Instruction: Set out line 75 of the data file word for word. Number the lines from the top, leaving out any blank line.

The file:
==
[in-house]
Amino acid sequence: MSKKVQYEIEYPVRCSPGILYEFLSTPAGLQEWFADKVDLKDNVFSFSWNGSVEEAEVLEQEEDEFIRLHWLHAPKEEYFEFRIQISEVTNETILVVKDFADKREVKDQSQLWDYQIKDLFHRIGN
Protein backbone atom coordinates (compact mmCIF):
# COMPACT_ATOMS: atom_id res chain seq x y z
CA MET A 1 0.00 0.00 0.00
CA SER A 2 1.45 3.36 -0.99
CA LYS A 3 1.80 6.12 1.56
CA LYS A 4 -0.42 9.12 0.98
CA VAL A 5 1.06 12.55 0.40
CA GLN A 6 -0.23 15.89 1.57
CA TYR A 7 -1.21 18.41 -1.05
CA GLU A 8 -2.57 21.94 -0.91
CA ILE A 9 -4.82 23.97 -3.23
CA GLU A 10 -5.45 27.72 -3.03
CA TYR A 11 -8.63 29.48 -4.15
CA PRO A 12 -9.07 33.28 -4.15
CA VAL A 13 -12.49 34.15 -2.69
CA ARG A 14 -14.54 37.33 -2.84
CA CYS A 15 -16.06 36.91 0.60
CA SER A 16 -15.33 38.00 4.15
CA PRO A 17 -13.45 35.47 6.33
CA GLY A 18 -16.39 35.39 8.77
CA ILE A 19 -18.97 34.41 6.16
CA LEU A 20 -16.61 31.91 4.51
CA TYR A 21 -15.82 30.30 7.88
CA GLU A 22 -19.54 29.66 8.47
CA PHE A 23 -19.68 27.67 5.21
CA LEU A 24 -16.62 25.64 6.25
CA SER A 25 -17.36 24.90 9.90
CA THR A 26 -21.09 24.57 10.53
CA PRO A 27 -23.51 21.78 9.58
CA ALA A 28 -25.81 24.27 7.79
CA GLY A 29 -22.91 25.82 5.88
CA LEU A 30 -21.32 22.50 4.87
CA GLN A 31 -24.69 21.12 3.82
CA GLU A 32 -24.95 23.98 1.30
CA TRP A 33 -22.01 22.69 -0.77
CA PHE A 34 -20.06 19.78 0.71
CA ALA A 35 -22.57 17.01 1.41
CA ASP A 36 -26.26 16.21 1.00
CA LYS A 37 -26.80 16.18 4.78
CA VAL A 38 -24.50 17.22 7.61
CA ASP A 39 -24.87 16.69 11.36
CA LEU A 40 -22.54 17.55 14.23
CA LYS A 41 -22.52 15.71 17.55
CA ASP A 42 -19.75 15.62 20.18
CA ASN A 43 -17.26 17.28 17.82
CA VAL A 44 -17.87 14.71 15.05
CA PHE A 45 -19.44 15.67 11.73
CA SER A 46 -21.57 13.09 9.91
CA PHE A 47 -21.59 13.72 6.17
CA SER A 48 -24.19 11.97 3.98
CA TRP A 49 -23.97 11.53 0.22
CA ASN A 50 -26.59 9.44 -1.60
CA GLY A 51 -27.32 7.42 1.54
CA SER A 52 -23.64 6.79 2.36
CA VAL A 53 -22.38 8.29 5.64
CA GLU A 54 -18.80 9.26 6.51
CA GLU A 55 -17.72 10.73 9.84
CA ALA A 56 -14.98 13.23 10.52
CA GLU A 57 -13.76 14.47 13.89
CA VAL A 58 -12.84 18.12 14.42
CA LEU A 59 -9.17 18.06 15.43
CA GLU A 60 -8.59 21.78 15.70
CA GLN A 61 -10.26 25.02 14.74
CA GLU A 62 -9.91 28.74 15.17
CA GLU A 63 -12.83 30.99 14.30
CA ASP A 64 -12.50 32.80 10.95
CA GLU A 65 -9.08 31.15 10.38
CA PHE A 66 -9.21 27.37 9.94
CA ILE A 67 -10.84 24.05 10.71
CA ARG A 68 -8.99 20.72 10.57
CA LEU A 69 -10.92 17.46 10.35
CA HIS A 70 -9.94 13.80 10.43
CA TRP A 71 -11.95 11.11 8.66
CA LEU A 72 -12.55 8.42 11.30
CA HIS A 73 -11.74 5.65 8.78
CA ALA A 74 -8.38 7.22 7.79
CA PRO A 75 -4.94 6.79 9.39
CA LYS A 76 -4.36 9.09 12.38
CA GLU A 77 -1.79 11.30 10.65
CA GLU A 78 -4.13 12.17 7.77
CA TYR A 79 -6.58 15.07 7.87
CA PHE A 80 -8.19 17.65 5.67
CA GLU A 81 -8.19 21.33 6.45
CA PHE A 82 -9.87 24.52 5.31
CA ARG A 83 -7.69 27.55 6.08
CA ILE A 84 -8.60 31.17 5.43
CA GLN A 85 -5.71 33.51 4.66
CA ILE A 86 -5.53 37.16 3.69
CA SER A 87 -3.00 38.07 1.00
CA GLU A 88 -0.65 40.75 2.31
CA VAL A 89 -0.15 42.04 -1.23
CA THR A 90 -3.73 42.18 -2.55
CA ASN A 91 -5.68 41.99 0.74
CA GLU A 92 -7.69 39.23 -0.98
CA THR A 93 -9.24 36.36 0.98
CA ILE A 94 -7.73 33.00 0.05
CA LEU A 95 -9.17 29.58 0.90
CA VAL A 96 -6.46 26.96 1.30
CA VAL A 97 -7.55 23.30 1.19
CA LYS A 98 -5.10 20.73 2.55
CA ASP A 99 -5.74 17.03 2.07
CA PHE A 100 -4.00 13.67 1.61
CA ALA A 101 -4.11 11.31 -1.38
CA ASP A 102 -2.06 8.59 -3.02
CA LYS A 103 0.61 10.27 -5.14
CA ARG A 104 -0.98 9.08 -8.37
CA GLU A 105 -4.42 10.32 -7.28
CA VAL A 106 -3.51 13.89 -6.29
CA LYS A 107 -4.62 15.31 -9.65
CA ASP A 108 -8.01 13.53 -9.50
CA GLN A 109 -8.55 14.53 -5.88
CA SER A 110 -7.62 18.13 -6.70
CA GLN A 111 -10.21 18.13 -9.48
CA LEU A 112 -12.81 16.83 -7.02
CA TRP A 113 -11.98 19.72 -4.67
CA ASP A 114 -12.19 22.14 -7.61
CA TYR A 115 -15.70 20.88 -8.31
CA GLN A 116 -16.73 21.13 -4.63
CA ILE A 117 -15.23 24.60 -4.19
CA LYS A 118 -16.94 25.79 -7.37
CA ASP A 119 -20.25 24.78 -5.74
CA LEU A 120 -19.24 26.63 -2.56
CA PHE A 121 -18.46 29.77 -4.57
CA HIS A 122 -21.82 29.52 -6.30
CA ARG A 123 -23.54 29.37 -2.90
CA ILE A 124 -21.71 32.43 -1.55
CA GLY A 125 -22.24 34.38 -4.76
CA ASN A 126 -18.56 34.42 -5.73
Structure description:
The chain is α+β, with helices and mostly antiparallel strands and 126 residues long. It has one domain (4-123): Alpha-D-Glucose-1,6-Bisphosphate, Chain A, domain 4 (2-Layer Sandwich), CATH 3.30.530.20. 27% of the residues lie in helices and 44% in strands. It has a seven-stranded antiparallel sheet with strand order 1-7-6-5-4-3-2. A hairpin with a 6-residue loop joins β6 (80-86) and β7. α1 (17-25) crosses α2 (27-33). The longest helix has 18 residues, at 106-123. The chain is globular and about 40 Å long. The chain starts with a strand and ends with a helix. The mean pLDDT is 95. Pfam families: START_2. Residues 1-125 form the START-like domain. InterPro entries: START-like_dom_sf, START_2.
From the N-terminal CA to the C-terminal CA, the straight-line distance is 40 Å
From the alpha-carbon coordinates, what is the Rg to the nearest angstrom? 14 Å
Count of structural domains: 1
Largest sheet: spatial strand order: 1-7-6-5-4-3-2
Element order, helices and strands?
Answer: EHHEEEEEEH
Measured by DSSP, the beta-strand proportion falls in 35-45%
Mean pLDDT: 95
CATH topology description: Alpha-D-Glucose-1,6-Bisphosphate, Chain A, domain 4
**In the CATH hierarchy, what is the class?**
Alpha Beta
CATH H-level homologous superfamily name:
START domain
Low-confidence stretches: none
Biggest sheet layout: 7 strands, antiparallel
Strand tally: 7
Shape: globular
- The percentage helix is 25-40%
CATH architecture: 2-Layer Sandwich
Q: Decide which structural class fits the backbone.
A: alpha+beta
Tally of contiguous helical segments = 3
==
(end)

CA TRP A 71 -11.95 11.11 8.66